The Crostata Ricotta e Visciole is no exception. Although not exclusively made during Easter time, being a dessert featuring ricotta it is pretty common to find it at Easter like other typical ricotta cakes.
Crostata Ricotta e Visciole is rich and light, sweet and tangy at the same time, in an idyllic duality where differences and extremes often coexist.
For those coming to Rome, a tourist stop is recommended to visit the Jewish quarter and taste this delicacy in one of the most historic Ghetto bakeries in Via del Portico d’Ottavia. In the meantime, you can still have a true taste of Rome just making it at home.
Try it, it will become a favorite for sure!
Song of the day: Sting, Shaggy - Just One LifetimePrint
For the shortcrust pastry:
- 300 g flour (I used organic, stone ground flour type 1, less refined than 00)
- pinch of salt
- 120 g sugar (I used raw cane sugar)
- 150 g unsalted butter, cold, cubed
- 3 egg yolks, organic, free-range
- the grated zest of 1 organic lemon
For the filling:
- 1 jar (300-350 g) sour cherry jam (visciolata)
- 400 g sheep ricotta (if you can find it, otherwise any kind)
- 80 g granulated sugar
- 1 whole egg
- ½ tsp pure vanilla extract
- 1 Tbsp Sambuca or rum (optional, in place of the vanilla)
For the shortcrust pastry:
- In the bowl of a food processor, add the flour, the pinch of salt, the sugar, and mix. Add the cubed butter and pulse until you have a pebbly consistency. Add the egg yolks, and the grated lemon peel. Pulse a few times, or until it is starting to stick together. Pour it onto a work surface and work it into a ball, then flatten it, and wrap it with plastic wrap. Leave it in the fridge for 30 minutes.
For the filling:
- In a bowl, pour the ricotta and the sugar, then work it with a fork or a whisk until creamy. Add the egg, and the vanilla or liqueur, if using. Whisk well. You can drain the ricotta if too watery, and also pass it through a sieve to remove any lumps.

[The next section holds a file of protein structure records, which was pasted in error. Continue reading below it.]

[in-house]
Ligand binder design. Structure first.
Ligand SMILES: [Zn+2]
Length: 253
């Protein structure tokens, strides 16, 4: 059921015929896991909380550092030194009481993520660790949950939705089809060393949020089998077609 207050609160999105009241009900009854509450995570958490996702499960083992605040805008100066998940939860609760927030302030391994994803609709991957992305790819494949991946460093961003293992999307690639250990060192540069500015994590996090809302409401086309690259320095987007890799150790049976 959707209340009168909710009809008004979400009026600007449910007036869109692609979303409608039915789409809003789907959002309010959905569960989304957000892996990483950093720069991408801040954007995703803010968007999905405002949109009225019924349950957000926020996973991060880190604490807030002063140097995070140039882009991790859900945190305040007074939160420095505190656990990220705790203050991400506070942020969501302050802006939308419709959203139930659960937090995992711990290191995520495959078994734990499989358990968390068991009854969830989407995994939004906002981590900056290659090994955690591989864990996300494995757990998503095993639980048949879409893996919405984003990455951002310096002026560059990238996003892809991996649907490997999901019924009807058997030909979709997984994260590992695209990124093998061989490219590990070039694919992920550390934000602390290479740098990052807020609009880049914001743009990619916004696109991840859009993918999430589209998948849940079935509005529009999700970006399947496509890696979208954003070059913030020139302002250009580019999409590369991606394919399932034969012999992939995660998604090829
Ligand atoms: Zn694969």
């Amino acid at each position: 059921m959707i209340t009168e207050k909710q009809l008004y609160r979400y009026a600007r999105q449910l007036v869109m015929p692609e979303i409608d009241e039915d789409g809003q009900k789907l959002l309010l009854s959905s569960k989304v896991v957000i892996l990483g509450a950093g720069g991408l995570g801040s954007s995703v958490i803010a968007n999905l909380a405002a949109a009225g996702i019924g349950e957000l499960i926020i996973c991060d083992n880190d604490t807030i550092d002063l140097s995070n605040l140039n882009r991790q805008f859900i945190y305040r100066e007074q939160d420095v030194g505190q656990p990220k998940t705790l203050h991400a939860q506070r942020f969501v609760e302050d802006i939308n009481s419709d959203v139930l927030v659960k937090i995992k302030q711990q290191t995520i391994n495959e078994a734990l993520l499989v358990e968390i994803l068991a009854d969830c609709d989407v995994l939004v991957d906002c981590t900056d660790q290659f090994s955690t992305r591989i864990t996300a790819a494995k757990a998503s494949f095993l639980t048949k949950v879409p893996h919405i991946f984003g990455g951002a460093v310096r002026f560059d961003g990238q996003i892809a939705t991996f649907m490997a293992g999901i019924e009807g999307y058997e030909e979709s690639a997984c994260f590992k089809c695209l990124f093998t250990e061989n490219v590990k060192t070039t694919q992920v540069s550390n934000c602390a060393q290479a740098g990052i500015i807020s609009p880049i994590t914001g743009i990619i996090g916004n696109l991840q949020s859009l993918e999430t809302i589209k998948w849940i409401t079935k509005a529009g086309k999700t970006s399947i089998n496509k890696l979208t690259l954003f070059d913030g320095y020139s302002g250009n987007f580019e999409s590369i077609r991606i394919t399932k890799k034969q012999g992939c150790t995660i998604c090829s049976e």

- Take the pastry out of the refrigerator, remove a third of the dough and set it aside (you will need it for the top).
- Preheat the oven to 350°F (180° C).
- Butter a 24-cm springform baking pan.
- Roll out the bigger piece of dough (if too delicate to roll, place it in the baking pan and press to spread the dough evenly in the pan and up the sides).
- Prick the bottom of the dough with a fork, then spread the sour cherry jam evenly. Pour the ricotta filling over the jam. Level well.
- Form the wide strips with the shortcrust pastry put aside and arrange them over the ricotta filling to form the classic diamond shape (lattice) pattern. Press the border with a fork to seal.
- Bake the crostata in the preheated oven for about 50 minutes, or until golden. Once cooled, take it out from the baking pan.
- Ready to serve!
You can dust icing (powdered) sugar on top.
You can keep it in the fridge for 2-3 days and serve it at room temperature or cold.
You can use fresh sour cherries (200-250 g) in place of the sour cherry jam.
- Prep Time: 1 hour
- Cook Time: 50 minutes
- Category: Dessert, Cakes
- Method: Baking
- Cuisine: Italian
Keywords: dessert, traditional, Italian, Rome, sour cherry jam, short pastry, crostata, Easter, pasta frolla
I love baking and kneading dough because it takes me to a happy place in my soul.